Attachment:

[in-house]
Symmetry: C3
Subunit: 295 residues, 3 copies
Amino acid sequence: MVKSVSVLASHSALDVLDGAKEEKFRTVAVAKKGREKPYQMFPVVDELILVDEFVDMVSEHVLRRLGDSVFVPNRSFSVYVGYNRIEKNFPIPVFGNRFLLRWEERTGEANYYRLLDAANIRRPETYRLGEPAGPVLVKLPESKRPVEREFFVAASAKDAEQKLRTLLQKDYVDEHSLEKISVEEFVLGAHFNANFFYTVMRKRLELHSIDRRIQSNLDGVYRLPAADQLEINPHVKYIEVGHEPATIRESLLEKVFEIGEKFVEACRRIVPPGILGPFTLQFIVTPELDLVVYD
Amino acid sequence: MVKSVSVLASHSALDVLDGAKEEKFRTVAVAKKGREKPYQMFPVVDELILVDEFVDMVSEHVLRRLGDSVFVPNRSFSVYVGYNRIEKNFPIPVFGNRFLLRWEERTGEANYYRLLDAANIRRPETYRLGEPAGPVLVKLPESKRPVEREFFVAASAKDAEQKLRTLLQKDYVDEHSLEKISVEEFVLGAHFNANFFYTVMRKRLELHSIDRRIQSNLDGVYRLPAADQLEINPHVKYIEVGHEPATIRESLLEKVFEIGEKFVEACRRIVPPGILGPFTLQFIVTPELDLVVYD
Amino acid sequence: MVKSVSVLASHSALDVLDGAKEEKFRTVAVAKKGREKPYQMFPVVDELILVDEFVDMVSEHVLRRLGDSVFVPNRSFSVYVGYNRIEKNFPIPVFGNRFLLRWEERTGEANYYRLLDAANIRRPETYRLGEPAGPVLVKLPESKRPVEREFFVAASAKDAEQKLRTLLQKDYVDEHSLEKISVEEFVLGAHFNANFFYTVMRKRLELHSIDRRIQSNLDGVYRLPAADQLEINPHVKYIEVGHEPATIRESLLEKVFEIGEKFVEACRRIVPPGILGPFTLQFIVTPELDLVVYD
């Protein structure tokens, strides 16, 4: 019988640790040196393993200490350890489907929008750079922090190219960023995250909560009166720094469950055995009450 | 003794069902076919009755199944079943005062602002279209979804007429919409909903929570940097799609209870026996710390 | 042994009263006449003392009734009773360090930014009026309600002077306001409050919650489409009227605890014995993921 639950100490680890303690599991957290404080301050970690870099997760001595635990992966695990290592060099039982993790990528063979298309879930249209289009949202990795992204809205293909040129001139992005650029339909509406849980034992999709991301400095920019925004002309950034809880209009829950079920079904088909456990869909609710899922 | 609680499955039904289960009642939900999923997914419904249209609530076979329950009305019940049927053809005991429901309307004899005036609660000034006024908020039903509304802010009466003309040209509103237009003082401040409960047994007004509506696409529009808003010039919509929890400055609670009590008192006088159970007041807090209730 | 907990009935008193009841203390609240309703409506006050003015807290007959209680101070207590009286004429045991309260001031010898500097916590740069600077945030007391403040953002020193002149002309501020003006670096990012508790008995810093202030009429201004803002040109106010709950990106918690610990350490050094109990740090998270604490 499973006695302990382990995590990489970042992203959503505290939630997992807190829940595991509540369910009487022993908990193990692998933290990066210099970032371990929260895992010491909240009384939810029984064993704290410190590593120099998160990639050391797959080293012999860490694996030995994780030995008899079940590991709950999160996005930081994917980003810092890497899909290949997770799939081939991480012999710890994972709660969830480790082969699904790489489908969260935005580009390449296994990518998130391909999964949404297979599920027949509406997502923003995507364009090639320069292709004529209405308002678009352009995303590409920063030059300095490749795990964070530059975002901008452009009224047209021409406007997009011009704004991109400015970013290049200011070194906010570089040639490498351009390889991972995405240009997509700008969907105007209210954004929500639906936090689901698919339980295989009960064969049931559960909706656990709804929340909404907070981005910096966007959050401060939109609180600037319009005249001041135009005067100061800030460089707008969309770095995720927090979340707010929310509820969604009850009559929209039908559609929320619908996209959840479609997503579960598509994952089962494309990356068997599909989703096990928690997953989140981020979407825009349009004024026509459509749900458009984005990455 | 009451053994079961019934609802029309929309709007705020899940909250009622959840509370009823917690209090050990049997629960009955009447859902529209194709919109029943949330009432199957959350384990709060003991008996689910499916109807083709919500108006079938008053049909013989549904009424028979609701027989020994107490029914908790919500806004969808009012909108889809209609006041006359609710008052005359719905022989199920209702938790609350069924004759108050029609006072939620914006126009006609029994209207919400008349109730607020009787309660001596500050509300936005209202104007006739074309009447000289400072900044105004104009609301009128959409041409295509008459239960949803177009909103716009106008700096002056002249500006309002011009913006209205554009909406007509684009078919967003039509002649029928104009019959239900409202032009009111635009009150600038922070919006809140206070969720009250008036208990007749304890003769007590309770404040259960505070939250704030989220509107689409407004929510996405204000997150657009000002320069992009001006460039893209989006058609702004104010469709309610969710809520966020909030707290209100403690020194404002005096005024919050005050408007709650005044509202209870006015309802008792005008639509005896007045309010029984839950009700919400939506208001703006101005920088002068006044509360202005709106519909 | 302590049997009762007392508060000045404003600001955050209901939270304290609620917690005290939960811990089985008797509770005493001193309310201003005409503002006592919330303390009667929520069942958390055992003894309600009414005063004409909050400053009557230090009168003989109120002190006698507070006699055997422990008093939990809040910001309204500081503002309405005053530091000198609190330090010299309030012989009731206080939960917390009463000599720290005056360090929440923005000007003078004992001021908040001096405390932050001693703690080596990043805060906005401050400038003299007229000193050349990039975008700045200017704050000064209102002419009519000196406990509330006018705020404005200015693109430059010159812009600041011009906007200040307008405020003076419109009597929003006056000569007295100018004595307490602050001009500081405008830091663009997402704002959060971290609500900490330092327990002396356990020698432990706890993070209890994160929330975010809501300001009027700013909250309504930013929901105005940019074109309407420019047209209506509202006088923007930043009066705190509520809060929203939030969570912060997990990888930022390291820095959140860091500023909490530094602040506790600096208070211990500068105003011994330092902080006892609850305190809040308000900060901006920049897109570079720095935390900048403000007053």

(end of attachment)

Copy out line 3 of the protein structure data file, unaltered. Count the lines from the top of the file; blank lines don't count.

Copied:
Subunit: 295 residues, 3 copies